This is a gate which has a sculpture depicting the Hindu saint Tukaram Maharaj. He was one of the saints of the ‘Varkari’ pilgrims that I mentioned above and he is well known for writing hymns and devotional poetry. The next square that Imma show you also depicts the ‘Varkaris’, providing a closer look at the pilgrims themselves.
These sculptures give a glimpse of the way in which the ‘Varkari’ pilgrims travel. In the sculpture above, you can see two pilgrims holding the ‘Palkhi’ as well as two of them playing classical instruments. The ‘Varkaris’ usually play a string intrument called the ‘Ektara’ or a kind of a drum. Some even carry small cymbals to keep tune with the hymns. In both the sculptures, you can see the ladies carrying a pot on their head. The ladies taking the pilgrimage often carry a pot of the Tulsi plant on their heads. Tulsi is Holy Basil and is considered sacred among the ‘Varkaris’. The Palkhi pilgrimage forms an integral part of Pune’s culture and this is seen through its various depictins in art.
This sculpture is located right ahead of the square depicting the ‘Varkaris’. The statues show religious harmony and brotherhood where people of all religions, though different in their beliefs, are united by love. I really like the thought that goes into making these sculptures which not only beatifies the street but also spreads messages of positivity.
This square was a chance discovery in a small lane behind a hospital. The square doubles as a temple to the Hindu God Shiva who is believed to be the ‘Destroyer of Evil’. I love the minute and artistic details in the statue and the lane in which it is built is rather quiet and in the shade of trees which gives the square a perfect sense of tranquility.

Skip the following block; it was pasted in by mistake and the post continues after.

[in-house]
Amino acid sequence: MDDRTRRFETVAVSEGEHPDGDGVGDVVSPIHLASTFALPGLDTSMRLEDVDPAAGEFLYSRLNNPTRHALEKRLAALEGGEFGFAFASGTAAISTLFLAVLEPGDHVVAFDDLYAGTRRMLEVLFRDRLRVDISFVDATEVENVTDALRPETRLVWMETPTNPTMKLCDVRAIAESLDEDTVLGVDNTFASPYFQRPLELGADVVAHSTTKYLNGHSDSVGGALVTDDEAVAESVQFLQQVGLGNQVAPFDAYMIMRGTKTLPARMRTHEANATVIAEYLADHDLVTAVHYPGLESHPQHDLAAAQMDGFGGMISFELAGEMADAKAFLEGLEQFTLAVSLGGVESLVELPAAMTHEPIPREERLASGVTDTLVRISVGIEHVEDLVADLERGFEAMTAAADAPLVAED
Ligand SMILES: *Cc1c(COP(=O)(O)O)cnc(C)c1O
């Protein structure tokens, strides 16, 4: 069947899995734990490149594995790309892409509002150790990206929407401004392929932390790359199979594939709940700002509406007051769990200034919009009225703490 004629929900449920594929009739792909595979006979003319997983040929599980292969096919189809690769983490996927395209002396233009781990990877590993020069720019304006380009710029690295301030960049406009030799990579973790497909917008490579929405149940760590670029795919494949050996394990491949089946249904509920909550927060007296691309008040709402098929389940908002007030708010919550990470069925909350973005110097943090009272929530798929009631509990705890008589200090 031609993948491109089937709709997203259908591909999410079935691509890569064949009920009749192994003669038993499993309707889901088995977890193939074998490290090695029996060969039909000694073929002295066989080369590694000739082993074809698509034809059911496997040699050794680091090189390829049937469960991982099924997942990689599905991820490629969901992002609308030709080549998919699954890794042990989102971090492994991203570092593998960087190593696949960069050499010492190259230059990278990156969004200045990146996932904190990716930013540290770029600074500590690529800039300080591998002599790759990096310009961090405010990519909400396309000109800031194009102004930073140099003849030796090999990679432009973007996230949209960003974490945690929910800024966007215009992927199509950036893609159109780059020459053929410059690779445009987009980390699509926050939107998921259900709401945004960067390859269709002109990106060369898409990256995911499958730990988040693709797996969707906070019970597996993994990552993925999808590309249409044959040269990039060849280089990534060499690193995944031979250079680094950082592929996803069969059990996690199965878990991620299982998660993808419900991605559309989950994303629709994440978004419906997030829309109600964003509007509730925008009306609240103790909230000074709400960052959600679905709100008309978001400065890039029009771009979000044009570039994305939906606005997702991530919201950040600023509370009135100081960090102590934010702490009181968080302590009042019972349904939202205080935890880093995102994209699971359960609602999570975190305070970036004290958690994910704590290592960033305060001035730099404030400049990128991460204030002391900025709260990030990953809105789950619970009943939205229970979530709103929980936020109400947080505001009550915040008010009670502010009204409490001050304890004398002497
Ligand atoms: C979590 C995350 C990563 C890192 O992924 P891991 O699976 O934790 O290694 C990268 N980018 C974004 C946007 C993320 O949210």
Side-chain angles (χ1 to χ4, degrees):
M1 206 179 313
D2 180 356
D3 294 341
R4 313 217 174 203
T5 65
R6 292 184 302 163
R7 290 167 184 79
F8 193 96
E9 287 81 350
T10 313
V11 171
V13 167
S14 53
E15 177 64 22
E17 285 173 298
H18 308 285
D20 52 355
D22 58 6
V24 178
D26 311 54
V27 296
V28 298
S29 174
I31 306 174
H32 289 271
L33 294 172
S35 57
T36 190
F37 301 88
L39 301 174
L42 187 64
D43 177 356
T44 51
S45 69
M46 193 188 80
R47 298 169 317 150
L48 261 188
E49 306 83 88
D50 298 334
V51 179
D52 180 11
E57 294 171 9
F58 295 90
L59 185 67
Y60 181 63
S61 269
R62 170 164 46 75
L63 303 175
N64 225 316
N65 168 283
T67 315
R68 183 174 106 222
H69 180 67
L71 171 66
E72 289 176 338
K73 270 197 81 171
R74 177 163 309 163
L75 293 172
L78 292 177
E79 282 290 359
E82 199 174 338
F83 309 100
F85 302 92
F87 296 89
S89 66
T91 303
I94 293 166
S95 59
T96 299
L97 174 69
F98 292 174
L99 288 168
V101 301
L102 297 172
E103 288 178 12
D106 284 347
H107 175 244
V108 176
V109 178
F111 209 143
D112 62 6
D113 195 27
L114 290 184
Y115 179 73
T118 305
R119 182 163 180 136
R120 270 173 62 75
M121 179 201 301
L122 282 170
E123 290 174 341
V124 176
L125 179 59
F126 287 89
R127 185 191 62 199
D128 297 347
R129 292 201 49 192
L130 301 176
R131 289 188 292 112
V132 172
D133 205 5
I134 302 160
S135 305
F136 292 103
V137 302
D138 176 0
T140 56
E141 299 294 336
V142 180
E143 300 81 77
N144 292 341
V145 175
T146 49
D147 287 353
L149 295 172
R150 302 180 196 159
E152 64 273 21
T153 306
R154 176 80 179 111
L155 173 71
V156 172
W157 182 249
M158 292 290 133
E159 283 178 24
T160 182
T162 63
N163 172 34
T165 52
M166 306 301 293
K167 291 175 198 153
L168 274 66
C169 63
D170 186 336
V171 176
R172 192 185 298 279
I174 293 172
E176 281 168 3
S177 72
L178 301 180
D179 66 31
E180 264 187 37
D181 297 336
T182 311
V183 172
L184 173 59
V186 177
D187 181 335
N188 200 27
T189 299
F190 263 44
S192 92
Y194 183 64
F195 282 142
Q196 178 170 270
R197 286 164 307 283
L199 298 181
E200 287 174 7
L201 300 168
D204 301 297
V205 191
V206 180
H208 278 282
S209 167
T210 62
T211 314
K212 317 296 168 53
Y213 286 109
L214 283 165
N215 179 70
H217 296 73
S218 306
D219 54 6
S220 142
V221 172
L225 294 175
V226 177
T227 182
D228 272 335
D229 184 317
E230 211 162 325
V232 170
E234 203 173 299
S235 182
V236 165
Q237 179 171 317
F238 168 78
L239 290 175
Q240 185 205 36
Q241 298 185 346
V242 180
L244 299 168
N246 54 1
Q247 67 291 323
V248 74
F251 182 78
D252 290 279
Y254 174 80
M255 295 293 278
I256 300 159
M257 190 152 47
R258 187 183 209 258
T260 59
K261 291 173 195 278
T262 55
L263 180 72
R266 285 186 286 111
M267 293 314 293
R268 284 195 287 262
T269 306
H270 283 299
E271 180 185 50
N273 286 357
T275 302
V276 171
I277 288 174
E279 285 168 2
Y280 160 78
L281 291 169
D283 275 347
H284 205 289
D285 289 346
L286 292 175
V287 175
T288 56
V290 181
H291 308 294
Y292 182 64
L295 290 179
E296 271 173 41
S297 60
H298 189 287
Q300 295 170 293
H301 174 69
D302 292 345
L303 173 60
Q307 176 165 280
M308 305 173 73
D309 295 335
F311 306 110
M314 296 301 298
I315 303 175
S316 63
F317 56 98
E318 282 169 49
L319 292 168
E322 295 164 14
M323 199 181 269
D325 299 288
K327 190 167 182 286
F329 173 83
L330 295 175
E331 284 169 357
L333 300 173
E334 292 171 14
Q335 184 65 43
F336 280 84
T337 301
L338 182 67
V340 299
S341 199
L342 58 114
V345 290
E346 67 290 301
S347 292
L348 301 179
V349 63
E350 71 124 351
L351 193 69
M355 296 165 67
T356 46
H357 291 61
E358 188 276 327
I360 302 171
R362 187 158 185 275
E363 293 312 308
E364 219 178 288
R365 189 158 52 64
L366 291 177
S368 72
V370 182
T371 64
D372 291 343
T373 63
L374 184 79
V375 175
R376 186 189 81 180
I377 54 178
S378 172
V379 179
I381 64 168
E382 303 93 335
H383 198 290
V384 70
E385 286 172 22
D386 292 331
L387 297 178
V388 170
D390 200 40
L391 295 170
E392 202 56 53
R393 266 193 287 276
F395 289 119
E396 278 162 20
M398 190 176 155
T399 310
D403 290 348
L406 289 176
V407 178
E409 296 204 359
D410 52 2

These two sculptures are located at a square on a turn in the road. The one of the left is a mark of appreciation for the essential workers of the country, such as doctors, nurses, policemen and cleaners. I love how each profession is clearly depicted and it really makes one proud of the essential workers, especially in light of the ebbing pandemic. The sculpture on the right is a sign of homage to the martyred soldiers, another lovely gesture to honour the brave-hearts at the border.
This is my favourite sculpture, owing to its uniqueness and the masterful craft. This square is built to raise awareness on eye donation and supporting and empowering the visually challenged. Organ donation is a cause that really needs to be heard as it literally helps in saving a life and it’s definitely a cause that is gaining more awareness in India which is a sign of hope and enlightenment.
These two sculptures depict Maharashtra’s history and culture. The sculpture on the left shows a Mavala soldier who fought for the Maratha Empire in the 17th century. The huge red turban is a ‘Mavala Pagdi’ which was worn by these soldiers during battle. The sculpture on the right is a Maharashtrian fisherwoman, wearing a traditional saree and carrying her catch on her head. The fisherfolk in Maharashtra are called ‘Kolis’ and they reside mainly in the coastal areas of Maharashtra called Konkan.
This sculpture of an anchor is built in a square located in the military area of Pune. It is a memorial sculpture for the naval martyrs. I live in the Pune Cantonment or the military area of the city and there’s quite a few sculptures which serve as memorials for the martyrs as well as the unknown soldiers.
The last square in this post is also located in the military area of Pune. The clocktower gives the whole place a very fantastical vibe. It also has a picture of Mirabai Chanu, the silver medallist in weightlifting at the Tokyo Olympics. The Indian team recorded their best ever performance and medal tally at the Tokyo Olympics and Paralympics, a feat that’s being celebrated by the whole country. There’s posters of all the medal winners on walls and clocktowers, nicely illuminated and decorated:) The tank on the right is from an Army Memorial Park which displays the weaponry from all the crucial battles fought by the Indian Army. The park also has a parade and flag hoisting ceremony for visitors and it’s a nice place to learn about India’s battlefield history.
And here we are, returning full square, around the roundabout. Hehe:)
And that is a wrap!
Until next time,